In the United States justice system, a tort is best defined as an injury or loss that was committed deliberately or negligently by a single person or an entity (Crane). The history of tort law can be traced back to the initial trespass of property or person, but it was not until the 18th century that the distinction between intentional and unintentional acts was made (Columbia Electronic Encyclopedia). In recent years, tort law has become the center of scrutiny through the increase in tort costs, insurance liability costs, and the number of frivolous lawsuits made. This scrutiny has lead to the creation of tort reform. Tort reform is a movement to reshape the way consumers can access the courts by restricting their right to sue and
The scenarios below provide several examples of torts to include negligence, unintentional torts, intentional torts, assault, battery, etc. Torts are civil wrongs recognized by law as grounds for a lawsuit. These wrongs result in an injury or harm constituting the basis for a claim by the injured party (Cornell, 2010).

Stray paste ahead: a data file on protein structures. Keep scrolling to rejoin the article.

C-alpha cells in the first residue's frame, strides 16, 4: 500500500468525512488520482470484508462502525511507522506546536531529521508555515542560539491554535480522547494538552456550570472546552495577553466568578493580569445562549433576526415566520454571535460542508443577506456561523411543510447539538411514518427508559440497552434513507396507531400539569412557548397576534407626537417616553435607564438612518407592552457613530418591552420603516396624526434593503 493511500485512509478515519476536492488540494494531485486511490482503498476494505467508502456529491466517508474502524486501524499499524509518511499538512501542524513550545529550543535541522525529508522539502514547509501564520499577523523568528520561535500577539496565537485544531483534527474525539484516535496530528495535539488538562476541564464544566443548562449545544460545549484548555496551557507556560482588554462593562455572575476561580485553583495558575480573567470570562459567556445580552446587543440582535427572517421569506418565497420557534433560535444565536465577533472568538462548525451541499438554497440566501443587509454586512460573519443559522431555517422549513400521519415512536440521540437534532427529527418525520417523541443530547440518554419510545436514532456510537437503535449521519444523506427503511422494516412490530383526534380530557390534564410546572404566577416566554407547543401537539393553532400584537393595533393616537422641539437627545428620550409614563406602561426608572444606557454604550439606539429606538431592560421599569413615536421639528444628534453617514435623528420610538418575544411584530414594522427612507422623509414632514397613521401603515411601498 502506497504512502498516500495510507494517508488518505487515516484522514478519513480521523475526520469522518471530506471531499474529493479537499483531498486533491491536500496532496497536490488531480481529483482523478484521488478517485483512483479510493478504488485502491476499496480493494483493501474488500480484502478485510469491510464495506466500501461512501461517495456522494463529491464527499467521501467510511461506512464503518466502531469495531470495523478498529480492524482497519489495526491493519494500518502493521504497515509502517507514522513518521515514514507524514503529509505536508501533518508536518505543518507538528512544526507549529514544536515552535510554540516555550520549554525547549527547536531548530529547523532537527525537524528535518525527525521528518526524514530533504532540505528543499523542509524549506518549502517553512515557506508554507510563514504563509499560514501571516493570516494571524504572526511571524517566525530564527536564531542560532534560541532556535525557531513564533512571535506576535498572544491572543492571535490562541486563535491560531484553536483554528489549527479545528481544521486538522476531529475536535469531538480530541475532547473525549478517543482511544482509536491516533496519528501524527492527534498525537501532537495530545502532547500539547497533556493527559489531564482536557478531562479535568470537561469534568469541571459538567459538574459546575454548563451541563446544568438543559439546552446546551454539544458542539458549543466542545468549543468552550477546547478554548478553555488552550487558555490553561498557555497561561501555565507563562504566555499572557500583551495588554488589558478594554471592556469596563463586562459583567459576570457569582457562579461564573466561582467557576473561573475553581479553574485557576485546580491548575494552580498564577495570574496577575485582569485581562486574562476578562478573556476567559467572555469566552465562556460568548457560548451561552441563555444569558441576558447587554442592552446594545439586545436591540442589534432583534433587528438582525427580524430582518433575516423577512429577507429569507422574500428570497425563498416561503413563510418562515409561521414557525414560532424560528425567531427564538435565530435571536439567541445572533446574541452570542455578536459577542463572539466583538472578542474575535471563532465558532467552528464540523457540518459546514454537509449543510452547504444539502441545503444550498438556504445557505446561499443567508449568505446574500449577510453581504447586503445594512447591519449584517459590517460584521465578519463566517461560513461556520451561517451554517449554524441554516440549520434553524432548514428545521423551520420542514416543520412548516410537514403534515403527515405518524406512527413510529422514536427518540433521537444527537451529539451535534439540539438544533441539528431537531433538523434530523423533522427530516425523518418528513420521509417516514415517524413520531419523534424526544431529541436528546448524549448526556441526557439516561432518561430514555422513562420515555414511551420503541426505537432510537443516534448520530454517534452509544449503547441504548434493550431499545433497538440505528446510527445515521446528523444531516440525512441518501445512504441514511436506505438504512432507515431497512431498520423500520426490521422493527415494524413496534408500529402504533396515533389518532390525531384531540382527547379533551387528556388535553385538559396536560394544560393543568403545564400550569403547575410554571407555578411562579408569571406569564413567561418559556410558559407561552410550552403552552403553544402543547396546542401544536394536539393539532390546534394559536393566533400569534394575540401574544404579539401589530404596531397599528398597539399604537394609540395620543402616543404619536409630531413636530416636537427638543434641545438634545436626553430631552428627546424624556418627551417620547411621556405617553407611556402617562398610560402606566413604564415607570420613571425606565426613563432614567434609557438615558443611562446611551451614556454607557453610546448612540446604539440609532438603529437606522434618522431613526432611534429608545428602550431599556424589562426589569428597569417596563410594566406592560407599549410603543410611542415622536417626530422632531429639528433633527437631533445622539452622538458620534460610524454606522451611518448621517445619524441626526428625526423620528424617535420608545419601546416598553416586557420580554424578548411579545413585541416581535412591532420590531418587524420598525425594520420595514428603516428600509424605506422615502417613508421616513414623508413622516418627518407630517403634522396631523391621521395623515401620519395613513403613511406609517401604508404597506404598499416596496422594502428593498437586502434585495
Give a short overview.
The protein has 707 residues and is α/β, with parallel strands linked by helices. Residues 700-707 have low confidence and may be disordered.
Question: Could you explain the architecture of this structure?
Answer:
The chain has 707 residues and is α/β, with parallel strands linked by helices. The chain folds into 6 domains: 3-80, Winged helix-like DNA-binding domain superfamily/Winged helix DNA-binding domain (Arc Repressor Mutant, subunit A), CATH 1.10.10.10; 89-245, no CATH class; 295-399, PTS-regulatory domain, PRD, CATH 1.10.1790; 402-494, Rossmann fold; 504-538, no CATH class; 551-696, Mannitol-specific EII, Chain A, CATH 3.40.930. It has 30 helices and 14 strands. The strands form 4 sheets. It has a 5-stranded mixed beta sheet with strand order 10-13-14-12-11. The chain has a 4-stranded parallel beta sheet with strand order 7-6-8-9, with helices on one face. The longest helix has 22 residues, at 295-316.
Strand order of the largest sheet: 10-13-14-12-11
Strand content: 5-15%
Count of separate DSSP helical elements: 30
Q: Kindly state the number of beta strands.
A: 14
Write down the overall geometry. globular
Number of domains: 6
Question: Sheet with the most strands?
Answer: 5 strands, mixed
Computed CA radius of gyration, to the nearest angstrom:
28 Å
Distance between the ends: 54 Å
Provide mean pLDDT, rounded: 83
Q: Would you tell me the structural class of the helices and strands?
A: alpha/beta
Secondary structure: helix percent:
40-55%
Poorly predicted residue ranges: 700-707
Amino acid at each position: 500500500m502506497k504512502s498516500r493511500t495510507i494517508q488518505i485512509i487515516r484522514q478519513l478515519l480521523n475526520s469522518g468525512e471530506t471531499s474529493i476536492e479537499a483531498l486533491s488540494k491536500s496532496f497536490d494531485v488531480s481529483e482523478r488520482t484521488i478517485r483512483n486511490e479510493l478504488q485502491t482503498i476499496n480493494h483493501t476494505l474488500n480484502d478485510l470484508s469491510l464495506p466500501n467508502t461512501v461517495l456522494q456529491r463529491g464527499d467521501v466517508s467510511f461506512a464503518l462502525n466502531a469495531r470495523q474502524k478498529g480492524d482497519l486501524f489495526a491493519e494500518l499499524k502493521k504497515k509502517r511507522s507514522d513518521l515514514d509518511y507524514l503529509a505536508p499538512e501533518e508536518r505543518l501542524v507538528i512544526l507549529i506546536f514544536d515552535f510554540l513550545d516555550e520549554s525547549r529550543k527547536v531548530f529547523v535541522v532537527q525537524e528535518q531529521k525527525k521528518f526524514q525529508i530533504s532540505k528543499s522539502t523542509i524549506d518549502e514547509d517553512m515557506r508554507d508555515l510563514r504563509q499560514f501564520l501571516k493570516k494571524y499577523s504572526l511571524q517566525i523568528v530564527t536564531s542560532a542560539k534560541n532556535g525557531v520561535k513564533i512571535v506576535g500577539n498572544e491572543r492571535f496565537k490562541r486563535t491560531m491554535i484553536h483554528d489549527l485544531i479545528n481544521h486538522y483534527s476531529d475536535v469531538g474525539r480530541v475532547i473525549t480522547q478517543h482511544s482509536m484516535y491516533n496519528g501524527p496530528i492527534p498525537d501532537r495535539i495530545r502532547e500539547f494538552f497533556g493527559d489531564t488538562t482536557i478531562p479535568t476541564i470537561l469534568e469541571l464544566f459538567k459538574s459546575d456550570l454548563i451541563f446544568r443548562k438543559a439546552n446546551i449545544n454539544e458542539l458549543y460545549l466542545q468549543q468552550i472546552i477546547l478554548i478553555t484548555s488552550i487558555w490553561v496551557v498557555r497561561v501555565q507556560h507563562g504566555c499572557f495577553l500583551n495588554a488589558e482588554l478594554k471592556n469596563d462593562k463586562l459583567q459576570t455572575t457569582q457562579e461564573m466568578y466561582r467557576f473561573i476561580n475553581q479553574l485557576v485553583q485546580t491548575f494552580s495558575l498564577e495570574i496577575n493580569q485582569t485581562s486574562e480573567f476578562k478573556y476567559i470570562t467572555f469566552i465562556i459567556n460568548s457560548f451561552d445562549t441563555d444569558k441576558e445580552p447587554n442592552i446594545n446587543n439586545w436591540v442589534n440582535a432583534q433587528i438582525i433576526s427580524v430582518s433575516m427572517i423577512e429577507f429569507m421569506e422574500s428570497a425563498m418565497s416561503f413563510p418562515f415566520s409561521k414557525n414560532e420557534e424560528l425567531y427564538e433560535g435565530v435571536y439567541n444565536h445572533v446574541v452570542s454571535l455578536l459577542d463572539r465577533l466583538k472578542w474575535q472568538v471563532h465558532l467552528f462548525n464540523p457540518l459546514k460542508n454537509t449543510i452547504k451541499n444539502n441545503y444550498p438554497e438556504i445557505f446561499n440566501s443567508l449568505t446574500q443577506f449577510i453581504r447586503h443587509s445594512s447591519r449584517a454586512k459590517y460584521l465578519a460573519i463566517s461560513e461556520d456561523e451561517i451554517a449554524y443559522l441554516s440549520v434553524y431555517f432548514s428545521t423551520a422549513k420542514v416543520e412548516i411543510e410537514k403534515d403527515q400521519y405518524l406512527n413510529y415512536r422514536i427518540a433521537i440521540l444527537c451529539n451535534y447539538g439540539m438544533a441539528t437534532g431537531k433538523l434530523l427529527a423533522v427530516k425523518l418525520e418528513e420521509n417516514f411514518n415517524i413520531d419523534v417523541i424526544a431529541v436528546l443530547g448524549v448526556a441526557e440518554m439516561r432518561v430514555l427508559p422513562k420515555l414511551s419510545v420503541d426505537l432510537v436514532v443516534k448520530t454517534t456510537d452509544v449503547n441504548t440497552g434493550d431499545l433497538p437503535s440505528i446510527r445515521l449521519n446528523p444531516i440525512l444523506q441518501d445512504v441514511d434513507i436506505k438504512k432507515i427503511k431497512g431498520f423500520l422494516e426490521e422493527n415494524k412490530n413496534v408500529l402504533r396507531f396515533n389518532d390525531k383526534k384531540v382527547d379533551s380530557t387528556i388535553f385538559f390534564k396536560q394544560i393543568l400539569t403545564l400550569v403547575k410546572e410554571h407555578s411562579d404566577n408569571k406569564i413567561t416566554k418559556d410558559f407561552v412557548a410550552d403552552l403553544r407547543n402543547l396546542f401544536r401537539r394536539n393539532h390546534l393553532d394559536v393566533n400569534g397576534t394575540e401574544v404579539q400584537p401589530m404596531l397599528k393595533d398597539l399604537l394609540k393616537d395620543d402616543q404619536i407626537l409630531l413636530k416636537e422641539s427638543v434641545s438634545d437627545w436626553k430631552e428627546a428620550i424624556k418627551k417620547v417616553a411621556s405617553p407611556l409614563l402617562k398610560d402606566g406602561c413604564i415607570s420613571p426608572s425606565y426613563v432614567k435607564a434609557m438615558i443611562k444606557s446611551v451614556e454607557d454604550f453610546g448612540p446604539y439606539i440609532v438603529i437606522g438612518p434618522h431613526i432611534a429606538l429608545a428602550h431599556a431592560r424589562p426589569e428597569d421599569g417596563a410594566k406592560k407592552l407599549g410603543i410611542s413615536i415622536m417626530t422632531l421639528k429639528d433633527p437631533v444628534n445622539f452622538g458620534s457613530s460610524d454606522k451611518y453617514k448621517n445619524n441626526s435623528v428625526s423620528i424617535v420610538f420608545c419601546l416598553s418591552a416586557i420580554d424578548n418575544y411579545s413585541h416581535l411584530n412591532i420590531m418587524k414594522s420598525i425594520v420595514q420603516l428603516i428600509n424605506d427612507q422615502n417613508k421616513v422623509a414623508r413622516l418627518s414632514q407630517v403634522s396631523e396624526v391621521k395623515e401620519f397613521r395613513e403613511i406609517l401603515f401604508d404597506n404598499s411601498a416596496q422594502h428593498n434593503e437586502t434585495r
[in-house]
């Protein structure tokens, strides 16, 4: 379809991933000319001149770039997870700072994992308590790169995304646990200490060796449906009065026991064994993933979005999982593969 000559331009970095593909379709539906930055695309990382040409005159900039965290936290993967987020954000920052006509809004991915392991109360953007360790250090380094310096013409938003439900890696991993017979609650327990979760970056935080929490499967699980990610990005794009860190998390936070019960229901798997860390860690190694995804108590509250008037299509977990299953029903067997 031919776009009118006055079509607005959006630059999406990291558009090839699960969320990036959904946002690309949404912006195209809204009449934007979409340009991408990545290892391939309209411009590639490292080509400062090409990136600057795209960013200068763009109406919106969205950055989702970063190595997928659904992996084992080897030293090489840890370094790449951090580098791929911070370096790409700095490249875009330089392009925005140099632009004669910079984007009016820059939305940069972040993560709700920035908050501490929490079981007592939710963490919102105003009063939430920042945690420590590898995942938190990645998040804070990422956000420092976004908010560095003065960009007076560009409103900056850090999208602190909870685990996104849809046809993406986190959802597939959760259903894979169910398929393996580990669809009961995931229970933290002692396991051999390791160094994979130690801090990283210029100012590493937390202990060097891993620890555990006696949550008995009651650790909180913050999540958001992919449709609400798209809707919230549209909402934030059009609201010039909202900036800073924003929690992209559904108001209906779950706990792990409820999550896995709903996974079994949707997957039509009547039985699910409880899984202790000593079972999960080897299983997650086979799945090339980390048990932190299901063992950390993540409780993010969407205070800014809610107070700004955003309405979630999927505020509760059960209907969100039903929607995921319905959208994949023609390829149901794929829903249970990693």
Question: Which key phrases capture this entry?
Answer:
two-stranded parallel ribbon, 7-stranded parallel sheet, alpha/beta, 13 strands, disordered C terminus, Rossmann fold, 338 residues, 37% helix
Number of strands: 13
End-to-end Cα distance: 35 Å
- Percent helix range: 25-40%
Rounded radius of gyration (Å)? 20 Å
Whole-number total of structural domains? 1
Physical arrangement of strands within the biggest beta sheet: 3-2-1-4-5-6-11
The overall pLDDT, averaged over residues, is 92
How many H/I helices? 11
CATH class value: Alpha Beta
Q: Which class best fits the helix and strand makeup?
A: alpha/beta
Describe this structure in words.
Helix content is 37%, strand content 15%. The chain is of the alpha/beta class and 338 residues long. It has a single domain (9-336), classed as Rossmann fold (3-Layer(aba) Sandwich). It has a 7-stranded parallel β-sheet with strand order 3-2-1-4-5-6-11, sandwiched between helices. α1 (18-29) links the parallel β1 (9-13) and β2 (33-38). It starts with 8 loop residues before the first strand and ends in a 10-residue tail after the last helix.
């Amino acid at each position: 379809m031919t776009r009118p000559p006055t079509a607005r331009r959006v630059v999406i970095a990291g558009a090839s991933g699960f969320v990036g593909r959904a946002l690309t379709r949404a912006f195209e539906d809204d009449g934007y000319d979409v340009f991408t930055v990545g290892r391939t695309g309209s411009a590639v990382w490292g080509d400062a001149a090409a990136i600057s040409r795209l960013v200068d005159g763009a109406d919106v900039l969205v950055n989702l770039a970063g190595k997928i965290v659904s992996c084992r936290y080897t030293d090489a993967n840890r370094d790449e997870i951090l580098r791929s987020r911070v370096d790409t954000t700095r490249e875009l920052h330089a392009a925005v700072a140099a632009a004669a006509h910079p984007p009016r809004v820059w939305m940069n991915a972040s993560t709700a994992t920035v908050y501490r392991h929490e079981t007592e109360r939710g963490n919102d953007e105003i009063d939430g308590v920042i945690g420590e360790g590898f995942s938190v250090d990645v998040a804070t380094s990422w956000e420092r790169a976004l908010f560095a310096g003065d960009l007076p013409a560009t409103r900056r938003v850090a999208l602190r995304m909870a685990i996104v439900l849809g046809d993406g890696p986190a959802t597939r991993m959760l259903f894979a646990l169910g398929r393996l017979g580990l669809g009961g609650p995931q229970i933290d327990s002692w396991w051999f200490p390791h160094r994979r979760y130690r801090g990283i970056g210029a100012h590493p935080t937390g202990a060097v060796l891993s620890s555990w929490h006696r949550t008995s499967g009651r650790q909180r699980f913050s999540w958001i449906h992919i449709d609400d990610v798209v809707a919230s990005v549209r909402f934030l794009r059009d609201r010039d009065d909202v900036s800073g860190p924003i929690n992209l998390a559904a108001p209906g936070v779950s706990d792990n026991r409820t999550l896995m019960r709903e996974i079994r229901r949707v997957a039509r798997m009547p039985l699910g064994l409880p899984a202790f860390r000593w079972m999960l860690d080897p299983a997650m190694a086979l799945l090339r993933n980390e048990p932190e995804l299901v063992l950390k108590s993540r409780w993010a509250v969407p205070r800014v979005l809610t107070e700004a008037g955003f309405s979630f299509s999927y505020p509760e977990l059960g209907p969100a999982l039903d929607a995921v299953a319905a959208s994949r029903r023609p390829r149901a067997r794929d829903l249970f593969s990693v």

Evaluate and discuss the potential liability (negligence or other torts) of the various parties in the scenario involving but not limited to Bobby, ACE Sports, the nurse, the surgeon and City General. (Avoid simply restating the facts/scenario. Incorporate them into your discussion.)
Business Law-Law Business and Society states that torts are, “civil wrongs not arising from contracts.”(McAdams. P. 278) Torts involve a breach of duty resulting in loss and or injury. Negligence is defined as, “situations in which harm is caused accidently, and no intent is present.” (McAdams. p.279)
Many employees are not worth suing, therefore without the insurance industry the present tort system could not operate. Vicarious liability forces the employer to continually strive for accident prevention. If every employee was insured individually it is unlikely that the employer would take such a keen interest as there is no direct liability. Employers generally therefore assess the suitability of the staff, give them adequate training and dismiss any that are unreasonably risky to reduce the risk of any torts occurring.